I get that DiFi doesn’t agree with his method — that he leaked this rather than (!) write a letter. I get that Snowden has exposed DiFi for allowing Clapper lie to her committee, in part to hide precisely this information.
But in debates in the Senate, at least, DiFi has claimed to support releasing just this kind of information.
I hate to waste an entire post on this.
But the NYT’s report last night that President Obama was going to capitulate to the Benghazi truthers rather than turn over memos revealing who and where he has been killing people — as well as all the secondary reporting on it — has made this claim.
Rather than agreeing to some Democratic senators’ demands for full access to the classified legal memos on the targeted killing program, Obama administration officials are negotiating with Republicans to provide more information on the lethal attack last year on the American diplomatic compound in Benghazi, Libya, according to three Congressional staff members.
The strategy is intended to produce a bipartisan majority vote for Mr. Brennan in the Senate Intelligence Committee without giving its members seven additional legal opinions on targeted killing sought by senators and while protecting what the White House views as the confidentiality of the Justice Department’s legal advice to the president. It would allow Mr. Brennan’s nomination to go to the Senate floor even if one or two Democrats vote no to protest the refusal to share more legal memos. [my emphasis]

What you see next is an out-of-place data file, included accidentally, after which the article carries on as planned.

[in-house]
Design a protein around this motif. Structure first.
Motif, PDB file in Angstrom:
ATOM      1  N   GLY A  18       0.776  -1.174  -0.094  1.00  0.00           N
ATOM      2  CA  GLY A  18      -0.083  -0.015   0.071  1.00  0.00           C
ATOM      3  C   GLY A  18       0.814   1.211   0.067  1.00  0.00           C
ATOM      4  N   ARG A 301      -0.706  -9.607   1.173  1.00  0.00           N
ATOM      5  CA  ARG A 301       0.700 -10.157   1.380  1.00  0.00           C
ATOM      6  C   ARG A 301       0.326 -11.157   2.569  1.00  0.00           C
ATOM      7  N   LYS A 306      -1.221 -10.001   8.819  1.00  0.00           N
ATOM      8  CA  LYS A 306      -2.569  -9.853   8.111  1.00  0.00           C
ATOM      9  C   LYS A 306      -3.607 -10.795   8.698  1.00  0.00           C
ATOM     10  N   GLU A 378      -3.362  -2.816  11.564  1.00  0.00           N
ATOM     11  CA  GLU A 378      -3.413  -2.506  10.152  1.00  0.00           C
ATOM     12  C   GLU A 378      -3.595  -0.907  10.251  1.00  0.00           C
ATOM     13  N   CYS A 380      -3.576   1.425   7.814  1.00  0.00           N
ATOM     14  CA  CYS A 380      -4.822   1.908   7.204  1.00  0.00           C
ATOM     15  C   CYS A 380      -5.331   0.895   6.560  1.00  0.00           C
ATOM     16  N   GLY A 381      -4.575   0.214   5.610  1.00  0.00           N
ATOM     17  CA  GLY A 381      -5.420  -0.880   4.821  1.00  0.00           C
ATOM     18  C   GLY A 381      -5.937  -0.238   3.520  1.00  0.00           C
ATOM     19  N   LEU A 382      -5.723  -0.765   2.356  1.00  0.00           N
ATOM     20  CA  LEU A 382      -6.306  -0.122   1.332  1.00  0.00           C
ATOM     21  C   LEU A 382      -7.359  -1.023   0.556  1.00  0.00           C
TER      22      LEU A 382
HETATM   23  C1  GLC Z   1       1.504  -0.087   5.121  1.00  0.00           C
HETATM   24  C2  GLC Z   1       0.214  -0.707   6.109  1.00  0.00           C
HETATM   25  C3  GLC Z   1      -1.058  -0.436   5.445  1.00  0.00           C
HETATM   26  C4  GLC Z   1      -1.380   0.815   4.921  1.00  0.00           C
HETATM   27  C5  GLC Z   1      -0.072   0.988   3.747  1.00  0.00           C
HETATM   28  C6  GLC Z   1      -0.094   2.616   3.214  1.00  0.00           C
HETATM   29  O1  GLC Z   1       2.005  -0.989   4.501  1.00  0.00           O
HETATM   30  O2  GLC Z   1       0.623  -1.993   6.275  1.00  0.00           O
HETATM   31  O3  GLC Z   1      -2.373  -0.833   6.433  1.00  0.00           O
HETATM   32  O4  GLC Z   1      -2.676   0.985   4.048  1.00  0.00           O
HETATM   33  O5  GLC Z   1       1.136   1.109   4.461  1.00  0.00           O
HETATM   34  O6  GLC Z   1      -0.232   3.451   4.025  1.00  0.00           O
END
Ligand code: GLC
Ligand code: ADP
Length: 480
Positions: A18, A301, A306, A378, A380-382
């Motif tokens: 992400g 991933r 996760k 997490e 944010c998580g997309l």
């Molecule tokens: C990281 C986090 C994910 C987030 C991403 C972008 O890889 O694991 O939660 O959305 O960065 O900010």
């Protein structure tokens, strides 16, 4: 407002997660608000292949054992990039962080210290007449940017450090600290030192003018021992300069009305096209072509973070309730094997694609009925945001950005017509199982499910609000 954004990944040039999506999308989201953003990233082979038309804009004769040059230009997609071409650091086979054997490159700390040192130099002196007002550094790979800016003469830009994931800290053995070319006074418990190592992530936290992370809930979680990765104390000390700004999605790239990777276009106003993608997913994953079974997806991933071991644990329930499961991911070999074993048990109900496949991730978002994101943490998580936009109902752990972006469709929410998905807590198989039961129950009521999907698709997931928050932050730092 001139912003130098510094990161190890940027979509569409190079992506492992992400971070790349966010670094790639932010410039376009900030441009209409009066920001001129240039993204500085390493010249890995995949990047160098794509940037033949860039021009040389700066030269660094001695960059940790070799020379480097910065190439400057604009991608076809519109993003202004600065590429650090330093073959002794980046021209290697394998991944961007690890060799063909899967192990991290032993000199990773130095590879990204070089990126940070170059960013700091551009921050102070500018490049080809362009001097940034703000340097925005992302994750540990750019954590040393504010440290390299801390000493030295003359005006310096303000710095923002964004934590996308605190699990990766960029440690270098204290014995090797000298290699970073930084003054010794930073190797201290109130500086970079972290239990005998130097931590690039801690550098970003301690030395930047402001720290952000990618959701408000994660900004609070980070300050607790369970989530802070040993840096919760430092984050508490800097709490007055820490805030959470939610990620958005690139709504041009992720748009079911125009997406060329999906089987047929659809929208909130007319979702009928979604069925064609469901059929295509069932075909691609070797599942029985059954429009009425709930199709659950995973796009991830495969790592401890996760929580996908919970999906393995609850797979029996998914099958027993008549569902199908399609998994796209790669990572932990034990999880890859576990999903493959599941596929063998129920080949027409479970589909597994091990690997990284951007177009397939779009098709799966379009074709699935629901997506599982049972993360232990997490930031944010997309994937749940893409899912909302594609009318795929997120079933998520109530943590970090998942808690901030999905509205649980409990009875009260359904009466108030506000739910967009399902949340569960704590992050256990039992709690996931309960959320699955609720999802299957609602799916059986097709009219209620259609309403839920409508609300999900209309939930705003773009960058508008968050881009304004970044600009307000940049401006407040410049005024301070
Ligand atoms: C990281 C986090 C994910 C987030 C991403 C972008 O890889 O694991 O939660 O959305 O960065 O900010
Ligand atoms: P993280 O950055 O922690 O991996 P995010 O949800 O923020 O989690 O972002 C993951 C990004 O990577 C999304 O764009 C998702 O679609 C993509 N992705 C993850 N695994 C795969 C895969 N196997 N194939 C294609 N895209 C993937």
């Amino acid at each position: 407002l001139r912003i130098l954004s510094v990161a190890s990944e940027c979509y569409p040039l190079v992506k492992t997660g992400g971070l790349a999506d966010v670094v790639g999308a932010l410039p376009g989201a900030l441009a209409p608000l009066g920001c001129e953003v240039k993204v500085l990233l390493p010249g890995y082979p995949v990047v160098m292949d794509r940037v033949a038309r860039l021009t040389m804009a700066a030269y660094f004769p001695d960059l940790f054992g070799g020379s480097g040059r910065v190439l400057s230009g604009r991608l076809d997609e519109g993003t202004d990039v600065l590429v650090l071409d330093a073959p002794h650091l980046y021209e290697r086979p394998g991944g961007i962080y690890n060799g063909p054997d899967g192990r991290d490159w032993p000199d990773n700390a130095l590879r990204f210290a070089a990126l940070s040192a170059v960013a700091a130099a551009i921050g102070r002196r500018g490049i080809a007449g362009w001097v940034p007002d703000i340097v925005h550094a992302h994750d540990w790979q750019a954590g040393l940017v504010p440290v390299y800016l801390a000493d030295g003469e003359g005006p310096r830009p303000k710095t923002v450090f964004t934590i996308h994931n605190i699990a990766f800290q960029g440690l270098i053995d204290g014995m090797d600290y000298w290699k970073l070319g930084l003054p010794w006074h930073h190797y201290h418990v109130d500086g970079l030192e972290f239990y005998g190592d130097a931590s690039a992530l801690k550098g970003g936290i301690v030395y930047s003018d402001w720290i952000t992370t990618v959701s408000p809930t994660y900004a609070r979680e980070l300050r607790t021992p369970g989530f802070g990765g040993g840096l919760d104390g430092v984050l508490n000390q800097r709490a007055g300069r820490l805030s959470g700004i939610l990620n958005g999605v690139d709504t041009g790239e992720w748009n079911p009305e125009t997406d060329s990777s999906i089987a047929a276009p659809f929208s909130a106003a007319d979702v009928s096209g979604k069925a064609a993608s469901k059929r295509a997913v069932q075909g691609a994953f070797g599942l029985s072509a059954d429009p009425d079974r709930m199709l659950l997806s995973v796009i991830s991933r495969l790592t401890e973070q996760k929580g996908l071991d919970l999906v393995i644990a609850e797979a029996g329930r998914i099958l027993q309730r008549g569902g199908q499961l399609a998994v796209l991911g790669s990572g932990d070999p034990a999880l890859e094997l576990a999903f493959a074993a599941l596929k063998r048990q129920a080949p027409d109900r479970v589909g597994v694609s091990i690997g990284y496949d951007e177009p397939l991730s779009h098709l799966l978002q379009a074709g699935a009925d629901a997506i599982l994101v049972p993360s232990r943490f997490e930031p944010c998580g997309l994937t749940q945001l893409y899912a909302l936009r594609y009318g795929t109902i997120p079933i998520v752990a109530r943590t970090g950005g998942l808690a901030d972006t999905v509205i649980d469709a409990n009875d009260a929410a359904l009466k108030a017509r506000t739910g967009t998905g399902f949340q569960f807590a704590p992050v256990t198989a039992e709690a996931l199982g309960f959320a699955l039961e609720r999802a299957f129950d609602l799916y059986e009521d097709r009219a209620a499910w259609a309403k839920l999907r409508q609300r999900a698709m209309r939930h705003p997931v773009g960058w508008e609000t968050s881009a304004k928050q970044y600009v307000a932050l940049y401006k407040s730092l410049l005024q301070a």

On February 4, Susan Collins was among the 11 Senators who signed a letter asking for “any and all legal opinions that lay out the executive branch’s official understanding of the President’s authority to deliberately kill American citizens.”
Perhaps Collins has been satisfied with the brief glimpse at the two memos it shared with the Committee back on February 7. Perhaps she — the Senator on the Intelligence Committee who asked the best questions about targeted killing efficacy — is not all that interested in the other memos the Administration is hiding, presumably along with uses of targeted killing she isn’t being briefed on. Perhaps she no longer supports the hinted hold-up for national security nominees.
But even on the Senate Intelligence Committee, the call for the targeted killing memos was a bipartisan affair (among those not on the committee, Mike Lee and Chuck Grassley also signed the letter, and Rand Paul sent his own demand for the memos). Heck, once upon a time, John Cornyn wanted to legislatively demand the memos.
Demanding that the President reveal what kind of targeted killing programs it supports is no hippie fetish. It is something that members of both parties have supported.
As important as it is to see the white paper DOJ gave Congress to explain its purported legal rationale, it is just as important to make clear what this white paper is not.
First, is it not the actual legal memos used to authorize the killing of Anwar al-Awlaki and who knows who else. As Michael Isikoff notes in his story, the Senators whose job it is to oversee the Executive Branch — even the ones on the Senate Intelligence Committee that are supposed to be read into covert operations — are still demanding the memos, for at least the 12th time. The release of this white paper must not serve to take pressure off of the White House to release the actual memos.
Which brings me to an equally important point: memos. Plural.
NBC suggests and the close tracking appears to support that this white paper is a version of the OLC memo written in June 2010 and reported on — the last time there was clamor to release the targeting killing authorization publicly — by Charlie Savage.